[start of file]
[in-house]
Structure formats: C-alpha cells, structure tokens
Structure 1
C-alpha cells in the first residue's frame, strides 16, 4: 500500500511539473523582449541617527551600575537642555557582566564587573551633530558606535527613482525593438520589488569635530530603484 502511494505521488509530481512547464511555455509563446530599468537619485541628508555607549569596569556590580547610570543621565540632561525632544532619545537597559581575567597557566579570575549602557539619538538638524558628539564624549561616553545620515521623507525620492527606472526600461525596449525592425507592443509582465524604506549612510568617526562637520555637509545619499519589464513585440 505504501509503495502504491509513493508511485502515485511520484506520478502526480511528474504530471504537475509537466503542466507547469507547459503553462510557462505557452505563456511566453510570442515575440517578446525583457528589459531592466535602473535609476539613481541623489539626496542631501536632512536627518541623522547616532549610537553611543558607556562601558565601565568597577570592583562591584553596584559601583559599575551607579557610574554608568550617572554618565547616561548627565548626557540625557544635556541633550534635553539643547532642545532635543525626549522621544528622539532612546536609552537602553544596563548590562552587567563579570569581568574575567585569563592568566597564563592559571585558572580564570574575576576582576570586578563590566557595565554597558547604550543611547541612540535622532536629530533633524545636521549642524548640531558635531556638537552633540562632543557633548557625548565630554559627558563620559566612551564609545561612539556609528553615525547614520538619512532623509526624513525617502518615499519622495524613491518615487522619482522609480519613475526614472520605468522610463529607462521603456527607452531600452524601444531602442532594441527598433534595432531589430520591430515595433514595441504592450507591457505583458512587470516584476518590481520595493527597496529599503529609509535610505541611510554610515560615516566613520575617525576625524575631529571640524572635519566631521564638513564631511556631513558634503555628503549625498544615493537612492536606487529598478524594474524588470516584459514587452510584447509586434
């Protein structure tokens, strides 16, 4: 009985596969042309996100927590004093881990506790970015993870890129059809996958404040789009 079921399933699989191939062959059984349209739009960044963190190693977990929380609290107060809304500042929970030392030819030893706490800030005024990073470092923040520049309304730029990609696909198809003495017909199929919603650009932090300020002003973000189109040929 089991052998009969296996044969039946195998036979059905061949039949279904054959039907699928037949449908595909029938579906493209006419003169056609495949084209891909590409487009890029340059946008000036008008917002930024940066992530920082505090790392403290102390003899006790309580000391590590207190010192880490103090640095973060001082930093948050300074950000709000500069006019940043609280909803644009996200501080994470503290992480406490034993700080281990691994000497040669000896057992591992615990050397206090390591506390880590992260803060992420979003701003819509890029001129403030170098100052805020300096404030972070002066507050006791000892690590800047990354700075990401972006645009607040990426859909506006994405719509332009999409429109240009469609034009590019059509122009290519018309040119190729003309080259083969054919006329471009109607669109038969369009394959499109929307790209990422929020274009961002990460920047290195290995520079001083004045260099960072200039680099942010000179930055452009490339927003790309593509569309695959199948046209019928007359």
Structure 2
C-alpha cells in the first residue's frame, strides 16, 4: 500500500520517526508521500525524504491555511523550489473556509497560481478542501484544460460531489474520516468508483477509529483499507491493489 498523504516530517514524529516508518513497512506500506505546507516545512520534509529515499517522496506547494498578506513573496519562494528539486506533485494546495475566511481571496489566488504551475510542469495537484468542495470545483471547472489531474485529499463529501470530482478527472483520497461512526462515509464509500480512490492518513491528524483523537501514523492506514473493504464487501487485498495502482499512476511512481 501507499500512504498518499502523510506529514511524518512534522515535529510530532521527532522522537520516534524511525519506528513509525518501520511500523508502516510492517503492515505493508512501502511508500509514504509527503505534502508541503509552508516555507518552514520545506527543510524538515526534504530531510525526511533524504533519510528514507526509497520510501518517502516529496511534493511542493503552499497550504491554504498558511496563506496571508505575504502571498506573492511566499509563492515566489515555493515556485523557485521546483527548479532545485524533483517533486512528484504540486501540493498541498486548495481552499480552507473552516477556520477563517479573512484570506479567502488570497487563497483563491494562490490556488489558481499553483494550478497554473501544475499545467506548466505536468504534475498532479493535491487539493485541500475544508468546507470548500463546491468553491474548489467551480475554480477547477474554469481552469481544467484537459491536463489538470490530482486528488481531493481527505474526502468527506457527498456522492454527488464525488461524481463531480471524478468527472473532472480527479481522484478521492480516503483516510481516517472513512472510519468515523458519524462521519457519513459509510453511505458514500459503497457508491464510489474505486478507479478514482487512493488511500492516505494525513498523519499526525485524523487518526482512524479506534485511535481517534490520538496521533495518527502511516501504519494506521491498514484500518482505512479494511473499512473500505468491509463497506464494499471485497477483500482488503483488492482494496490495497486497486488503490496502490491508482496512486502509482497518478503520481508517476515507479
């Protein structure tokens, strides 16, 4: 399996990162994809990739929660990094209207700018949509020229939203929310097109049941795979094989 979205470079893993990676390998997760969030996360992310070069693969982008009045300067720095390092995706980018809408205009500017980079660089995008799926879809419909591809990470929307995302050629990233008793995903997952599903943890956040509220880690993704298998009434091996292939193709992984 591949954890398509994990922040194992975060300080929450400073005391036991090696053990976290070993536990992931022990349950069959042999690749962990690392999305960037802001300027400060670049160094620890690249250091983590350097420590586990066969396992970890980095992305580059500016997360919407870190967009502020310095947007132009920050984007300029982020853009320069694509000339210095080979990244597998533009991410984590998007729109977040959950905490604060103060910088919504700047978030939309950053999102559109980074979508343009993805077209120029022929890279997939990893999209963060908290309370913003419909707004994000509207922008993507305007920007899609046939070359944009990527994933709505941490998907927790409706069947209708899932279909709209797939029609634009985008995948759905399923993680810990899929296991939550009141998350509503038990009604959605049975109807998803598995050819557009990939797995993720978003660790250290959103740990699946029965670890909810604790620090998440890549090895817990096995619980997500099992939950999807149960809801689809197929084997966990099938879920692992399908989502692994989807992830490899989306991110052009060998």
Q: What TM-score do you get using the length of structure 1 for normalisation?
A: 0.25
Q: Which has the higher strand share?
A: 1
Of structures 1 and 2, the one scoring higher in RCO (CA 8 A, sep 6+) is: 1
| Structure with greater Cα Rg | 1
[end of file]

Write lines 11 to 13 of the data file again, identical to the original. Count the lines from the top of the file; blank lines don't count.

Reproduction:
Q: Which has the higher strand share?
A: 1
Of structures 1 and 2, the one scoring higher in RCO (CA 8 A, sep 6+) is: 1